Last year, the Chase team travelled to Manipur and Nagaland to investigate northeast India's booming drug trade. We were told that thousands of kilos of narcotics were cultivated, shipped and consumed in the region and we wanted to film it all. What you are about to read next happened somewhere in Manipur.

A sharp whistle cut through the silence of the air and our driver jammed the brakes. We parked the black Tata pick up on the side of a dirt track and followed our Naga guides up a barren rock slope that cut through the lush jungles of Manipur's interiors. As we sluggishly ascended the steep rock face, now breathing heavily, our brows lined with beads of sweat, the gradient made it impossible to see what lay ahead, but our guides waved us on. Soon, the slope gave way to a flat landing which lay in the shadow of the trees. Standing breathless, our eyes adjusting to the dim light, it became apparent we weren't alone.

A pile of guns lay resting against a tree. A black hunting dog, its ear and tail cut, sat next to a resting man, just his feet were visible. Four other men stood behind a make-shift table, four to five thin branches propped up on either side by y-shaped branches. They were busy cooking what seemed to be last night's hunt and rice. As we approached, more men walked out from behind the bushes until we were surrounded by fifteen armed men and a dog. It was unnerving.

As we stood there with fake smiles plastered on our faces, growing more uncomfortable, our guide shook hands with a short man dressed in a red and grey sweatshirt, camouflage cargos and gumboots. After a brief chat, he slung one of the shotguns over his shoulder, whistled for the dog and set off. He walked slowly, allowing us to follow as we made our way through the dense jungle, his armed colleagues behind us. Soon, the dense jungle vegetation gave way to a clearing and a pungent and citrusy smell hit us and we realised where we were. The armed man walked through the Marijuana crop to the edge of the cliff, stopping next to the opium plants, he turned, and with a smile, he said, “Look, ganja and opium as far as the eye can see”.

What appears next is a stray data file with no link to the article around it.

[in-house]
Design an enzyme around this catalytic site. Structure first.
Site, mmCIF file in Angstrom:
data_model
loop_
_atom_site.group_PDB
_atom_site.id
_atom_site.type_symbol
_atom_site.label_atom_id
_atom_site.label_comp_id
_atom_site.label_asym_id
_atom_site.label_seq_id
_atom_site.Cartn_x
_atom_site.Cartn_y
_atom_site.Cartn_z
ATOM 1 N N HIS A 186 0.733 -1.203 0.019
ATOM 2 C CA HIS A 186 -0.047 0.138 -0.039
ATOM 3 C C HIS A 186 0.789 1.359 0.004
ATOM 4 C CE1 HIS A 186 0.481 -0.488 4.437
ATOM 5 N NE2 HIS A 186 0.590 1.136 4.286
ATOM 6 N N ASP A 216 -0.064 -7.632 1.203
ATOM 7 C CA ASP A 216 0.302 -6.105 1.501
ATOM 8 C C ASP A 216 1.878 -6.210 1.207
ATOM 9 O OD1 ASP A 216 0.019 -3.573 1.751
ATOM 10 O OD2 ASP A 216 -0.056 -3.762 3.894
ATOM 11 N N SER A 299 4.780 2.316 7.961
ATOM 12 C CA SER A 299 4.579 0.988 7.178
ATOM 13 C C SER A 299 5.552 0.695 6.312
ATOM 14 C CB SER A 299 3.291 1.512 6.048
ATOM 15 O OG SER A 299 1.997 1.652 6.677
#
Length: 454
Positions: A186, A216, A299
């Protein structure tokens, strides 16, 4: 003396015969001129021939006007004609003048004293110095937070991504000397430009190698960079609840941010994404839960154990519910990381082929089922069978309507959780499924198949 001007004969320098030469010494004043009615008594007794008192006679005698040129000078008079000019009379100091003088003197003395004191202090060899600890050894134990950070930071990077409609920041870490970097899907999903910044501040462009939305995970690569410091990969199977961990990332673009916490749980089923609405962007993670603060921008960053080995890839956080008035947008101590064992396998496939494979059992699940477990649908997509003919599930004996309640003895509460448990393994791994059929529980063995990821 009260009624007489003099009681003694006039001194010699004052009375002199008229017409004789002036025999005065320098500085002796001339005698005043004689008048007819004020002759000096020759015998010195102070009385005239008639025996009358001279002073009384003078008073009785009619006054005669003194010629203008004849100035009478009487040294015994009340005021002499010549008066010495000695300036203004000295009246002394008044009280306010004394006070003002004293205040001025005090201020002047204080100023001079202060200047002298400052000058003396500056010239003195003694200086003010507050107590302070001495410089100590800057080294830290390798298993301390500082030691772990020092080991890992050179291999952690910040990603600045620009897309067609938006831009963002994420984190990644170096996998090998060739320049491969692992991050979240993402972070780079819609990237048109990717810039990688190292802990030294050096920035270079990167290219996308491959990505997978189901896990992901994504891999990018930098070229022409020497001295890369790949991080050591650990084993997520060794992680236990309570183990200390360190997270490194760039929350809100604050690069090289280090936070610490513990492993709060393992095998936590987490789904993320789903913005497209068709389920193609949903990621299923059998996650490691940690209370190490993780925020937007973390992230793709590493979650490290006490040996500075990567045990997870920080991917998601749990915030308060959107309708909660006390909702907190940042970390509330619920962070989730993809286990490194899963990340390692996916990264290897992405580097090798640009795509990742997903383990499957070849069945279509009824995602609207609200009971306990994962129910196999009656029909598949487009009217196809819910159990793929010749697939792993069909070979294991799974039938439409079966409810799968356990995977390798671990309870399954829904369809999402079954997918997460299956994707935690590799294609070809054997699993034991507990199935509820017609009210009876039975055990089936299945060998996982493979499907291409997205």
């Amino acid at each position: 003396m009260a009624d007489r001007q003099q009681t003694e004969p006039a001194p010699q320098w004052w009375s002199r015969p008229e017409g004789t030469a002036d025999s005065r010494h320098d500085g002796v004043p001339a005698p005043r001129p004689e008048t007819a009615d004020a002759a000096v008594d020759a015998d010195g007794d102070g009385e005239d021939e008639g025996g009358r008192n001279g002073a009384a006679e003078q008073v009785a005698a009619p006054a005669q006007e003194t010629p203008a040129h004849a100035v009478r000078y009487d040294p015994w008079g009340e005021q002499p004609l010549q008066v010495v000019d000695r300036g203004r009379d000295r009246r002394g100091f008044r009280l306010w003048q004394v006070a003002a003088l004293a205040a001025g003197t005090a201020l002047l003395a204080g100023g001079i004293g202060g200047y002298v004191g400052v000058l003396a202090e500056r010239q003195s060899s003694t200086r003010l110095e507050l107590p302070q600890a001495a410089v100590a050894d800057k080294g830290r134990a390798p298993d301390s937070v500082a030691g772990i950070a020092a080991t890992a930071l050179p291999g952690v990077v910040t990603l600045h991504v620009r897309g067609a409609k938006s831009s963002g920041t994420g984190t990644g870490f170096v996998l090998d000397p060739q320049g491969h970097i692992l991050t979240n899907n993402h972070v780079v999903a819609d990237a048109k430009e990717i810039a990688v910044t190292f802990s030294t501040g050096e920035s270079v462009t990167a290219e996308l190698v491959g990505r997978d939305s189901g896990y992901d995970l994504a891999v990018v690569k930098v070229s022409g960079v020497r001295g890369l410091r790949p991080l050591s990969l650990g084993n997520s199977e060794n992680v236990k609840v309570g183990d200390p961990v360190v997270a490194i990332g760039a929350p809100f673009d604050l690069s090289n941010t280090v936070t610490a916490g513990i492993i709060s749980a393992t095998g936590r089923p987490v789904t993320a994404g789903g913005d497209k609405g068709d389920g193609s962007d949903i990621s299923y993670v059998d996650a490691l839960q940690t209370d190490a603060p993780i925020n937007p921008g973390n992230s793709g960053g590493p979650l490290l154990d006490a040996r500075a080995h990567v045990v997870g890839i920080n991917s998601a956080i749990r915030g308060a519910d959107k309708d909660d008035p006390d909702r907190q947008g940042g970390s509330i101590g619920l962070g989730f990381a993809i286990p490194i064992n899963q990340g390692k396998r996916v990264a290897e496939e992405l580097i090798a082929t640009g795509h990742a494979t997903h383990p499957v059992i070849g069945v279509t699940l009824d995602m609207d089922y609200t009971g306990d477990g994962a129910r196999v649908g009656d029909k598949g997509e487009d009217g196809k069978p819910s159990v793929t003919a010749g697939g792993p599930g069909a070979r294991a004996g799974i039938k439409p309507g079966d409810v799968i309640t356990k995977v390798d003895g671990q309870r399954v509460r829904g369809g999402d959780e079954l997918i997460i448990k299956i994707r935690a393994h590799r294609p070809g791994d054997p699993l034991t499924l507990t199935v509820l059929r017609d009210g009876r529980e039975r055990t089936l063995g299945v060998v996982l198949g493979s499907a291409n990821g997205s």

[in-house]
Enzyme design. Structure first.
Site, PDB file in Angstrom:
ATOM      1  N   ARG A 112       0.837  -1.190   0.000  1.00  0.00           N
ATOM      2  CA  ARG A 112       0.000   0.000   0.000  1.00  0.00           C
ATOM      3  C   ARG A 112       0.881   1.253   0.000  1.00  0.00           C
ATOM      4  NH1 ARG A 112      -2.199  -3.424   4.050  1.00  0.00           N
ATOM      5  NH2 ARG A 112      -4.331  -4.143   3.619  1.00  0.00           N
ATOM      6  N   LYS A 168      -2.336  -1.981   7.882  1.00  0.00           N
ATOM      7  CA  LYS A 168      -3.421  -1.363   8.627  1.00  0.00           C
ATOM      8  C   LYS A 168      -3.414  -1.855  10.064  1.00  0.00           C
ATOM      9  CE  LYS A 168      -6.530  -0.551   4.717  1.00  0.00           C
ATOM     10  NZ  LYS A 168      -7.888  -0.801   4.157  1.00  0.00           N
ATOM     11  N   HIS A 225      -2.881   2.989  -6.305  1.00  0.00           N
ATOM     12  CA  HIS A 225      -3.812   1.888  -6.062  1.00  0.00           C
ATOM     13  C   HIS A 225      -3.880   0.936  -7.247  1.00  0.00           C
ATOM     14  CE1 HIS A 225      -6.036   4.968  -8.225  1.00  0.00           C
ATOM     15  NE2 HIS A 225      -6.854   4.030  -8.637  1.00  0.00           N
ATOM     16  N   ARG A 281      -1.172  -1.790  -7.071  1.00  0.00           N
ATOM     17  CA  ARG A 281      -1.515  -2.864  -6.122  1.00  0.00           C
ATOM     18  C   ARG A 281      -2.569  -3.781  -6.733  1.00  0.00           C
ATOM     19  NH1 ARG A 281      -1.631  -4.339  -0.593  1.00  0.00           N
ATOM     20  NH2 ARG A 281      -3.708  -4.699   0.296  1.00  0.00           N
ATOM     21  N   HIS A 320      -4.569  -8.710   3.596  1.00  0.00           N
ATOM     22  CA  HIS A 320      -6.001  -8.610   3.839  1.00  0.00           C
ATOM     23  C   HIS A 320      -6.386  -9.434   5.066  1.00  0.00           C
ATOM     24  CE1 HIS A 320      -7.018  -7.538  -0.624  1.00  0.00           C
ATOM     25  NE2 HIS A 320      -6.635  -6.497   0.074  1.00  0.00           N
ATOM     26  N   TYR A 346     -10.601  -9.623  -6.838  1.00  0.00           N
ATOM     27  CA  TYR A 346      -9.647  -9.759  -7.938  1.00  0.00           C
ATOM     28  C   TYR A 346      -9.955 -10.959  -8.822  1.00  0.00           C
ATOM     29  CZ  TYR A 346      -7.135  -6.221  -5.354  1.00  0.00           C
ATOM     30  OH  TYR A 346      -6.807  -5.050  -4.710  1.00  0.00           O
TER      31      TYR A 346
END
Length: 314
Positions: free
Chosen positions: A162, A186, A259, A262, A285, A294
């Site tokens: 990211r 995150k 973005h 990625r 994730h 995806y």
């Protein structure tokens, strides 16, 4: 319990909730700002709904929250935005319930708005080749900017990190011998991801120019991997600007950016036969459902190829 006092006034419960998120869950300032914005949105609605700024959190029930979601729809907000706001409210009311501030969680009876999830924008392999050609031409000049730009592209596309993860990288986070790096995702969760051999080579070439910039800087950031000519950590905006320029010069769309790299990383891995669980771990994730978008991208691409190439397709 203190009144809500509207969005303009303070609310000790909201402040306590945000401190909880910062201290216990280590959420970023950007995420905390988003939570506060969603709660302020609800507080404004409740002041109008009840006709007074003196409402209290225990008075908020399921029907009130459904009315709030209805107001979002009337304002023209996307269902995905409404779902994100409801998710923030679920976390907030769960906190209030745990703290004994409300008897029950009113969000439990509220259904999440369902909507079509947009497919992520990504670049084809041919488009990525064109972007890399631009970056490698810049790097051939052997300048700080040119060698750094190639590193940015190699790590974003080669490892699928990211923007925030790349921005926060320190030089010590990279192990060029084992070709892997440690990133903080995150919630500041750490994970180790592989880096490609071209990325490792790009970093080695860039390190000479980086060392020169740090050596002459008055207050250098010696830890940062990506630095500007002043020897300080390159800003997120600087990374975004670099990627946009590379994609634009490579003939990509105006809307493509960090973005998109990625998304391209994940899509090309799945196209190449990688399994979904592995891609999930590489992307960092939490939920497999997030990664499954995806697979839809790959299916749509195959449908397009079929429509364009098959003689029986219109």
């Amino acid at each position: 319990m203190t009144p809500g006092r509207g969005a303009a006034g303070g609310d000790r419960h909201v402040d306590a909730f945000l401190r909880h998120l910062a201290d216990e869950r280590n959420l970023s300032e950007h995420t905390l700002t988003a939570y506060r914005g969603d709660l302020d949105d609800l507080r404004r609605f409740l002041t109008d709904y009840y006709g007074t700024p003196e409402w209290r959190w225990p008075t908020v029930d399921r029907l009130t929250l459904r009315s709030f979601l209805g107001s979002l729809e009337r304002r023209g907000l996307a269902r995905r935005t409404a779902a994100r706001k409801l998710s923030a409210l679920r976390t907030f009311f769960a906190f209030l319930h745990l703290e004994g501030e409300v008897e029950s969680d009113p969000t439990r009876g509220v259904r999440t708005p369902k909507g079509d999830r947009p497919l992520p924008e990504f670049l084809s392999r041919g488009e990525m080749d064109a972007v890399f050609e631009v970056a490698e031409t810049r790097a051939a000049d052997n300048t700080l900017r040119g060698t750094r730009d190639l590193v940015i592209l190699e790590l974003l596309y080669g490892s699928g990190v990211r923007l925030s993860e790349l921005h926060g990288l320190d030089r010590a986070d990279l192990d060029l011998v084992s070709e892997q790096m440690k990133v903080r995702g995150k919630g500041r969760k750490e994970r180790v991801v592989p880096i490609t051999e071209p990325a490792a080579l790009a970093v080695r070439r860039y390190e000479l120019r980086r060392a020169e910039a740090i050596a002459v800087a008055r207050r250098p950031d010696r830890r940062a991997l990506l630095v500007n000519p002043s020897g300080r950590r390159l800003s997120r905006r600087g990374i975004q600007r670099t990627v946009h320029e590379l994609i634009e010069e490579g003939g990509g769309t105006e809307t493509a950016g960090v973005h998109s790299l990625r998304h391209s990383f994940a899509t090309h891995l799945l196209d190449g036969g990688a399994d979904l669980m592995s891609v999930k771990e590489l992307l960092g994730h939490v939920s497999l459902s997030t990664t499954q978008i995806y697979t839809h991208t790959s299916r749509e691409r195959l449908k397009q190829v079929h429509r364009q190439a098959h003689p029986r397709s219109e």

We had reached.

In the late eighties, international authorities cracked down on the Golden Triangle, the portion of land that sits at the tri-junction of Myanmar, Laos and Thailand, in an attempt to dent the global opium trade. The move forced the Wa tribe, the world's largest producers of opium at the time, to look for another trade route, and Nagaland, with the only railhead in the region, popped up on their radar. Ever since then, over 2000 tonnes of narcotics leave Nagaland's Dimapur railway station every day and the region has been grappling with a huge drug problem. Today, Manipur and Nagaland are not only transit points for narcotics but a source and destination. As a result, Nagaland and Manipur have some of the highest HIV-AIDS population percentages in the country and hundreds of thousands suffer from addiction.

Via national highways, drugs like opium, brown sugar, heroin and cannabis are brought into Nagaland from Myanmar and further transported to Assam, Bihar, Delhi and Nepal. At the same time, pharmaceutical drugs are brought in from the rest of India into Nagaland and transported to Myanmar and the global market. Millions are made. As a result, there are well-established cartels, drug cultivators, dirty cops and drug addicts. All this is compounded by the ongoing insurgency, where underground groups use drug money to fund their armies as well as their war against the Indian government.

Chase travelled to these states last year to meet the stakeholders – the cartel, the police, the cultivators and the addicts and at the end of it what we got was perspective and a four-part series. The series is a look into the region's booming drug trade and the ongoing war against the drug cartels and addiction. 

Our four part film The Gateway : Unravelling India's Northeast Drug Route is releasing on Friday, 23rd February 2018. Catch it on ScoopWhoop Unscripted